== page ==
‘Ottawa’ New Library Should Go Where People Live, Work, Shop, Consultation Told
Judging by applause, many of the people who turned out Monday to tell the Ottawa Public Library Board how it should pick a site for a new central library want it to be not just central but downright downtown.
About 125 people turned out at one the first of two public consultation sessions at city hall where, again and again, the roundtable groups concluded that the new building should be located where lots of people live, work and shop. They said it should be easily accessible on foot or walkable from public transit and parking.
There was clapping for conclusions from several that “central means core” and that means east of Bronson Avenue.
“We want a central library for today — not 50 years from now,” said Paulette Dozois, who walks to work downtown through largely-empty LeBreton Flats, now slated for redevelopment, and says the library should be near existing homes, offices and businesses.
Jack Davis, a retired school principal who walks to the current Metcalfe Street main branch almost daily, wants the library to be between Bronson and Elgin Street and adjacent to a planned light-rail station.
“That’s where the people are — the residents, the workers and the visitors,” he said. “It needs to be included in the slate of things you do at lunch hour before you jump on the LRT to go home.”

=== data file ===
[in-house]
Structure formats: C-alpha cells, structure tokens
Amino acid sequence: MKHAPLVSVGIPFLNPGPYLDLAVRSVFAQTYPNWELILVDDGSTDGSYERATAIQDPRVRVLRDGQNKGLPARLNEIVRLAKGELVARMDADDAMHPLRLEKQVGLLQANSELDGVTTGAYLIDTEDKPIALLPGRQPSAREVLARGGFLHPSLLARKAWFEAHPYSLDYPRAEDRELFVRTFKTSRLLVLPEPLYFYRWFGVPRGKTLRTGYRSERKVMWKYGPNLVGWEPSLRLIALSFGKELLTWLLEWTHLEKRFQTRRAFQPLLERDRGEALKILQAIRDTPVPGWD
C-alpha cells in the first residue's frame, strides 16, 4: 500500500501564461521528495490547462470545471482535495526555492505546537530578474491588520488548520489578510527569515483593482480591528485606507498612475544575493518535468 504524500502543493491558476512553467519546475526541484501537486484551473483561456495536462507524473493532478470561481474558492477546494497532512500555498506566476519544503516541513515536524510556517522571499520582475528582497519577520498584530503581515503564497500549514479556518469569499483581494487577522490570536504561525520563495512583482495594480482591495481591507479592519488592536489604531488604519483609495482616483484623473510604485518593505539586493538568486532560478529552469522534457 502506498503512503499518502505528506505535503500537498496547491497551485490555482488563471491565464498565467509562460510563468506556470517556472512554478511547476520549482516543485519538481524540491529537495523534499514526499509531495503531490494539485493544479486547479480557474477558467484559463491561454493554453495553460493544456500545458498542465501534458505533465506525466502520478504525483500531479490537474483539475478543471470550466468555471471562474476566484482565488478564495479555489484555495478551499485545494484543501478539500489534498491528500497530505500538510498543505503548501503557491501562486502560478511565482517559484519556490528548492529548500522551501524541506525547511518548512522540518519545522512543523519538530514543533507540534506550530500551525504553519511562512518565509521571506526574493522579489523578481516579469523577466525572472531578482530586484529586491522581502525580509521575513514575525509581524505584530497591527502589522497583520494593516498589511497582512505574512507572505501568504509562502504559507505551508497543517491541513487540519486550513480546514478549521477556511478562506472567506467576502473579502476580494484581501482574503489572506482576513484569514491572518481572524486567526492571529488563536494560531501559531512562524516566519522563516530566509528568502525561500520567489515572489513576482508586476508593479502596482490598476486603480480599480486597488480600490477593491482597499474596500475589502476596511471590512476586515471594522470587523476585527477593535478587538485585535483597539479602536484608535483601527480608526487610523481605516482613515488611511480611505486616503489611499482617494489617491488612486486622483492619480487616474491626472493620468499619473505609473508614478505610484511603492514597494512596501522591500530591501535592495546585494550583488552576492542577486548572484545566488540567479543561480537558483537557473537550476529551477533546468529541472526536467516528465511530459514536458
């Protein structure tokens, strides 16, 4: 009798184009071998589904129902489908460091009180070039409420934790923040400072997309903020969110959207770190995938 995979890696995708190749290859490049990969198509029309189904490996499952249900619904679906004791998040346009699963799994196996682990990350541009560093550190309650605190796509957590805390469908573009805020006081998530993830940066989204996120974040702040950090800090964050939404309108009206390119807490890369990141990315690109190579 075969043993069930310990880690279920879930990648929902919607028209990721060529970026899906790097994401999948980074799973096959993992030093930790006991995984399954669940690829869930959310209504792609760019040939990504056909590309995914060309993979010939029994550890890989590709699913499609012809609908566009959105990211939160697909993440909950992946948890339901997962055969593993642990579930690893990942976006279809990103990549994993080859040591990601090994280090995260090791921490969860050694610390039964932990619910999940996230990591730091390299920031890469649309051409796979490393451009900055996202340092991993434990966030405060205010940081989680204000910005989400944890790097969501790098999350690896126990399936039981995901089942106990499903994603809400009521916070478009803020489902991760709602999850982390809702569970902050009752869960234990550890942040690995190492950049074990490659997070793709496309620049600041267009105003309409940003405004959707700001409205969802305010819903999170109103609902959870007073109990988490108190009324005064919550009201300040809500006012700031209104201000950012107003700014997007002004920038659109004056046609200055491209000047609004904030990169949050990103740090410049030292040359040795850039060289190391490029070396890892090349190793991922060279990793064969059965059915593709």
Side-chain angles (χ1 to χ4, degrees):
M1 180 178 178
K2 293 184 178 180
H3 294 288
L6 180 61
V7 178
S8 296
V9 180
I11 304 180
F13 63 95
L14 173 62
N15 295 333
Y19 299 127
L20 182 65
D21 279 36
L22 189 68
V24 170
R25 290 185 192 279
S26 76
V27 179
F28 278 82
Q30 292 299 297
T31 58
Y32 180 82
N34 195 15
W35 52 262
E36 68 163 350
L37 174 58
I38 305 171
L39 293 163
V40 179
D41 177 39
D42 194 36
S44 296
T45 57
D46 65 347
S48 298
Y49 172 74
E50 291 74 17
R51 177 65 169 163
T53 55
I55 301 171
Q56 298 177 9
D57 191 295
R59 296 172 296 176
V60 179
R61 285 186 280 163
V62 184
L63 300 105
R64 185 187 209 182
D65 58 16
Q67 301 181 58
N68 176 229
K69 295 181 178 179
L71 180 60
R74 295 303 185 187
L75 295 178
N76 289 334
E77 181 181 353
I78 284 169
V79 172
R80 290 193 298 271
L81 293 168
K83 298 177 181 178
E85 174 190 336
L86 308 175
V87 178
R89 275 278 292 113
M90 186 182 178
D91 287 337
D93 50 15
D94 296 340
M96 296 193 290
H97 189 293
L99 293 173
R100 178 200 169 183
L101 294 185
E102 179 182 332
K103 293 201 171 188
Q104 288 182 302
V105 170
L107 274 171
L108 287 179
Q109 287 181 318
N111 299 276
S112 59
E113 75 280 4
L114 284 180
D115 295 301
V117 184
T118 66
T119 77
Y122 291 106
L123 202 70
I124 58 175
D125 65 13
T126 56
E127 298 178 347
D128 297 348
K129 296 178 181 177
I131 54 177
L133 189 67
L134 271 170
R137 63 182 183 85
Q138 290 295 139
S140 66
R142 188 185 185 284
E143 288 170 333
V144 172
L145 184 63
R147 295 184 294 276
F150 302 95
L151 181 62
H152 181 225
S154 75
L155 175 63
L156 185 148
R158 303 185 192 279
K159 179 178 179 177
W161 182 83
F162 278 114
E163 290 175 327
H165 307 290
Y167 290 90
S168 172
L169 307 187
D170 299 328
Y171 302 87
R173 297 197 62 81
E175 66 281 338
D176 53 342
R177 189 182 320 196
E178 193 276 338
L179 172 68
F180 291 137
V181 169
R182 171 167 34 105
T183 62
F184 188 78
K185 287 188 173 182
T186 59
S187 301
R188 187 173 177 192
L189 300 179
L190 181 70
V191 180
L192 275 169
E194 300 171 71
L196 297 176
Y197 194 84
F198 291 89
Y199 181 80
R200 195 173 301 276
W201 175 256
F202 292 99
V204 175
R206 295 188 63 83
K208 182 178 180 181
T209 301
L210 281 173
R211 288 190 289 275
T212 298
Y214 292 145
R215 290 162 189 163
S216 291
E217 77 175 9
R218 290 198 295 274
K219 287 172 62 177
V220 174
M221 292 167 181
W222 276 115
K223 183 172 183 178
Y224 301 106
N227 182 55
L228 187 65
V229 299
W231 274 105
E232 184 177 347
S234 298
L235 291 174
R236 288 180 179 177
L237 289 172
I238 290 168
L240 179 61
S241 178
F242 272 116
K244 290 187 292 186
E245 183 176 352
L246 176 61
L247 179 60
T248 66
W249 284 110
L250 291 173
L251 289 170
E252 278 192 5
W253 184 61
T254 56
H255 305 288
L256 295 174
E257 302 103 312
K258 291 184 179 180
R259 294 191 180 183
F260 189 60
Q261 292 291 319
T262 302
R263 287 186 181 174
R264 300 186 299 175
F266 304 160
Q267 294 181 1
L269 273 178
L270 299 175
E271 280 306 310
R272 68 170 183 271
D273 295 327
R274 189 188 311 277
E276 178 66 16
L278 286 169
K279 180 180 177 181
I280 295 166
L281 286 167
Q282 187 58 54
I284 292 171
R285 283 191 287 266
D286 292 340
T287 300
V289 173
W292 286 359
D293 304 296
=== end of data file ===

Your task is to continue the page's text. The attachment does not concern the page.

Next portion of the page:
The sessions Monday included an outline of the process by Coun. Tim Tierney, chairman of the library board, and a talk by Judith Hare, the longtime chief executive of the Halifax library system who oversaw the construction of its now-iconic central branch, which attracts 6,000 visitors a day and made CNN’s list of top-10 buildings.
The Ottawa Public Library board hopes to approve the criteria for shortlisting potential sites on July 12.
People will also be able to give their feedback on how a site should be picked in an online survey this month and next.
A planned site is expected to be made public before the end of 2016, including whether to go ahead with a proposed partnership with Library and Archives Canada for a joint building, how the project will be implemented and a price tag.
If approved by the library board and city council, groundbreaking is slated for spring 2018 with an official opening in 2020.
A year ago, the library board defined the “central area” where the library would be located as bounded by the Ottawa River to the north and Wellington, Albert, Gloucester or Lisgar streets to the south, King Edward Avenue to the East and Bayview Station to the west.
But the group Bookmark the Core launched a petition Friday calling for the library to be located within an area bounded by Wellington Street to the north, Somerset Street to the south, the Rideau Canal to the east and Bronson Street to the west.
More in-person consultations on what the new library spaces and services should look like are scheduled for June 15 and 22.